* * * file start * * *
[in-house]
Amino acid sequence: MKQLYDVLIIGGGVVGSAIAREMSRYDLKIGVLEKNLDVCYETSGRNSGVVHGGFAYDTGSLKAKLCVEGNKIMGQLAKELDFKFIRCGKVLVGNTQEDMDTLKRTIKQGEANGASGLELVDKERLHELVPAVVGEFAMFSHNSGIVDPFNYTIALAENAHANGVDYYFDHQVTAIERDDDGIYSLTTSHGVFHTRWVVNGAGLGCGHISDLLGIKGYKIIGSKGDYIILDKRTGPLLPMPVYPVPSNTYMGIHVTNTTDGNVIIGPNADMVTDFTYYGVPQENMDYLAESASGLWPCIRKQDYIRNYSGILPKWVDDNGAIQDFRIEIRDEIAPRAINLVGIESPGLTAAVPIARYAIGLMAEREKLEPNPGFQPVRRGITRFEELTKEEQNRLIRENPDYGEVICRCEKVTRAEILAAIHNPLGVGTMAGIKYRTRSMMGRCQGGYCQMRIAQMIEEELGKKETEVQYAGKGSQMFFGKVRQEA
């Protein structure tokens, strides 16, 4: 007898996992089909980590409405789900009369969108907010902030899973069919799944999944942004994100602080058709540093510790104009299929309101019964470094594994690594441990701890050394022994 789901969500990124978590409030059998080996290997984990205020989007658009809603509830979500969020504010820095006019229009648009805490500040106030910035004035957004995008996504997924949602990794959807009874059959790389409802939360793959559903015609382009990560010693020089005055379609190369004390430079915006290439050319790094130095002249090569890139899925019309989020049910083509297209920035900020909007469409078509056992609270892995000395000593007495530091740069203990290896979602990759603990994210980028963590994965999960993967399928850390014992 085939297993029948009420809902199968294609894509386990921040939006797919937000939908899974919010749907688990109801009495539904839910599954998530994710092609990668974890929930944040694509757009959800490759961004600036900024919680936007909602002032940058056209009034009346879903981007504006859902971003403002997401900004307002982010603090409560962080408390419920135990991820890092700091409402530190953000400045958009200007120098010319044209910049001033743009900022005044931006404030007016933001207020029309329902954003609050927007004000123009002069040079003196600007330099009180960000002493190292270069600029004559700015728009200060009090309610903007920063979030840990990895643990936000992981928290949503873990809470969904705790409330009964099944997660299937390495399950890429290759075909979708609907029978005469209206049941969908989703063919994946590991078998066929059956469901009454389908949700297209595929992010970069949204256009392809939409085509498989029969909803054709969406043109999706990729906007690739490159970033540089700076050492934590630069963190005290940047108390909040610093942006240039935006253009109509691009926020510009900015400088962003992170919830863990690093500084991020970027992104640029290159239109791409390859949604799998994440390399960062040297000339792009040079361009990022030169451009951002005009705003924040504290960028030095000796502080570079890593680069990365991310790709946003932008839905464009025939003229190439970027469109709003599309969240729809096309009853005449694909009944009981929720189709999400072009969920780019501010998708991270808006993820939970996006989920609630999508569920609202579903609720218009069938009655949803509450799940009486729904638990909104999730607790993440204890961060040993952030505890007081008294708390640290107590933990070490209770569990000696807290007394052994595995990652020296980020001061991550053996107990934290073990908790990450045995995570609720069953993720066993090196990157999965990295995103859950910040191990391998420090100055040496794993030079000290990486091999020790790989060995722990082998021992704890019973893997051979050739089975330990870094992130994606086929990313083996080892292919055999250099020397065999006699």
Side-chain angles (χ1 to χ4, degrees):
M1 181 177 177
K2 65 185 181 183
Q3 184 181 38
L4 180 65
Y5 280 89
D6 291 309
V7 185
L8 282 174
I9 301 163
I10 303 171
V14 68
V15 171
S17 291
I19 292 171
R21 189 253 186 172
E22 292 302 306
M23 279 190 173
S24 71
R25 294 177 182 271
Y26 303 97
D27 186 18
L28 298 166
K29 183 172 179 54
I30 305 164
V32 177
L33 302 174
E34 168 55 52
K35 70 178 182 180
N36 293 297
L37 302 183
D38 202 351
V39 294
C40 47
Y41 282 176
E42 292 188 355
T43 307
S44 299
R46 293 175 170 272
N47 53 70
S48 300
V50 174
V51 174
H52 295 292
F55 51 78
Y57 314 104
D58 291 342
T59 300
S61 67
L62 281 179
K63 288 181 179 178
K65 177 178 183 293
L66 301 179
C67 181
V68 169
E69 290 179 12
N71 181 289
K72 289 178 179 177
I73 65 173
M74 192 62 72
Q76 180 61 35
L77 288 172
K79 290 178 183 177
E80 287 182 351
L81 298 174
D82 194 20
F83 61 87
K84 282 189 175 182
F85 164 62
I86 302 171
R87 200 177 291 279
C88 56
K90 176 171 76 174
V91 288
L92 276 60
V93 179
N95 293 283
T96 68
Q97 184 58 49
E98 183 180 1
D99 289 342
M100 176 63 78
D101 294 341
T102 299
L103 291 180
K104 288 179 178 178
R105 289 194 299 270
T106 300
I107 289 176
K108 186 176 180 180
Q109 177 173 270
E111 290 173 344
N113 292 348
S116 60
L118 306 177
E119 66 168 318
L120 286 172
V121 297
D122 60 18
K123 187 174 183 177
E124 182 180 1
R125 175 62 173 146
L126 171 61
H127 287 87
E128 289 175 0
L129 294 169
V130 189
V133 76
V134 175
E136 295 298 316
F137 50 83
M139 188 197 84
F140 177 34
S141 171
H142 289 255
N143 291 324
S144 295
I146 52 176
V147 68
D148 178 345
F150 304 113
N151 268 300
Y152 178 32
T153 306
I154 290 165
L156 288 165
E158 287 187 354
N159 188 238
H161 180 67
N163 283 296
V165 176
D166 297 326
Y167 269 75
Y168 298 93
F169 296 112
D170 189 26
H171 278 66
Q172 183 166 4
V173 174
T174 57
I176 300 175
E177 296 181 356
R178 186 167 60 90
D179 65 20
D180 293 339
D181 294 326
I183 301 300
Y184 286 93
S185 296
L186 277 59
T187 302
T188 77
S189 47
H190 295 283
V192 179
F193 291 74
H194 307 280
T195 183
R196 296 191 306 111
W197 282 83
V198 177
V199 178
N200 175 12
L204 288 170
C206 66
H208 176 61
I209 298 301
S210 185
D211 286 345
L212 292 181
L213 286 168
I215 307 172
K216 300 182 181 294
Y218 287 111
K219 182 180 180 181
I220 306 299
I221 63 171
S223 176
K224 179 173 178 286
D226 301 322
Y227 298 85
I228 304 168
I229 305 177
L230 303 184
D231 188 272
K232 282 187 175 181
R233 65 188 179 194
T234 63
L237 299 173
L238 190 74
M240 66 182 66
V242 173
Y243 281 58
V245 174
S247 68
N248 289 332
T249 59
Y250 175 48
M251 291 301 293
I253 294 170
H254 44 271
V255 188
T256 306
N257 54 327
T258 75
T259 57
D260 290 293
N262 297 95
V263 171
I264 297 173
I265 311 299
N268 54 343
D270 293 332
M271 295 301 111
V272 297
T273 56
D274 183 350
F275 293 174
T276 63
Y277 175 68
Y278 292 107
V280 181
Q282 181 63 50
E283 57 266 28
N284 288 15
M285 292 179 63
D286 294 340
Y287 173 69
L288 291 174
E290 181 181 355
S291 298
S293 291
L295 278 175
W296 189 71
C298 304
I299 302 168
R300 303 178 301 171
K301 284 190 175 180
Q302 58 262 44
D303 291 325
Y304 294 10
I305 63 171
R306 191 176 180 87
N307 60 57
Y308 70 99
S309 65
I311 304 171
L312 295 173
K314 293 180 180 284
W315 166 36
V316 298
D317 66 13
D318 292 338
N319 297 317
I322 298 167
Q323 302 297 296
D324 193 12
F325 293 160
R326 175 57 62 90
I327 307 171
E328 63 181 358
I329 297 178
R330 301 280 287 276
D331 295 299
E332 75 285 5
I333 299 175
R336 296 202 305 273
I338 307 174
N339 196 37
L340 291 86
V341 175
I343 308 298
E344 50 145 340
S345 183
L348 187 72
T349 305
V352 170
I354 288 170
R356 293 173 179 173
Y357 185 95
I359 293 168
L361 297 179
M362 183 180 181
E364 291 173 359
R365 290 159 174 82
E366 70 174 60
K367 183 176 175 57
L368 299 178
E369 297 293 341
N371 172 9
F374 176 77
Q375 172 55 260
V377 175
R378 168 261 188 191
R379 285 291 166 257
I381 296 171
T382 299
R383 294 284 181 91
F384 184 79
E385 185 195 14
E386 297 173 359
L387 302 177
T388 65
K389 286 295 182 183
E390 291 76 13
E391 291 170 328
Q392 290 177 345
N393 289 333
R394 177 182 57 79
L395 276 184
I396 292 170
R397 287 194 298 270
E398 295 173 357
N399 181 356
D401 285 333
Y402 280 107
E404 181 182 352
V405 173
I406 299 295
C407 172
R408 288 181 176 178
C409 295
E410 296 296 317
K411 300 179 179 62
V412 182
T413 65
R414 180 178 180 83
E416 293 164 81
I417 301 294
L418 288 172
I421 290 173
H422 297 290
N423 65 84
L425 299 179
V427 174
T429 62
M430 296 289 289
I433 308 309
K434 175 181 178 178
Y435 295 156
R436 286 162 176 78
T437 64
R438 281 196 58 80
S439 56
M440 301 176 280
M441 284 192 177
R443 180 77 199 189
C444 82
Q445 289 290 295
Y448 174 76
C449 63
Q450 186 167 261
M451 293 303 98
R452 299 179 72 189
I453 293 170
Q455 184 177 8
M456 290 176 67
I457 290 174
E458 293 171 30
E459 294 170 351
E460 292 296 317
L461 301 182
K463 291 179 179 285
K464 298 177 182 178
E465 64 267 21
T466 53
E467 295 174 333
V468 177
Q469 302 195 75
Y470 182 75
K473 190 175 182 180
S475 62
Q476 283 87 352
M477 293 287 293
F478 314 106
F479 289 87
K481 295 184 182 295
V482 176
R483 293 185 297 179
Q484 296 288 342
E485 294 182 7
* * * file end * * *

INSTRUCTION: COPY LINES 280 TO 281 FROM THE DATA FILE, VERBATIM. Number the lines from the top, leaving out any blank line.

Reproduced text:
V352 170
I354 288 170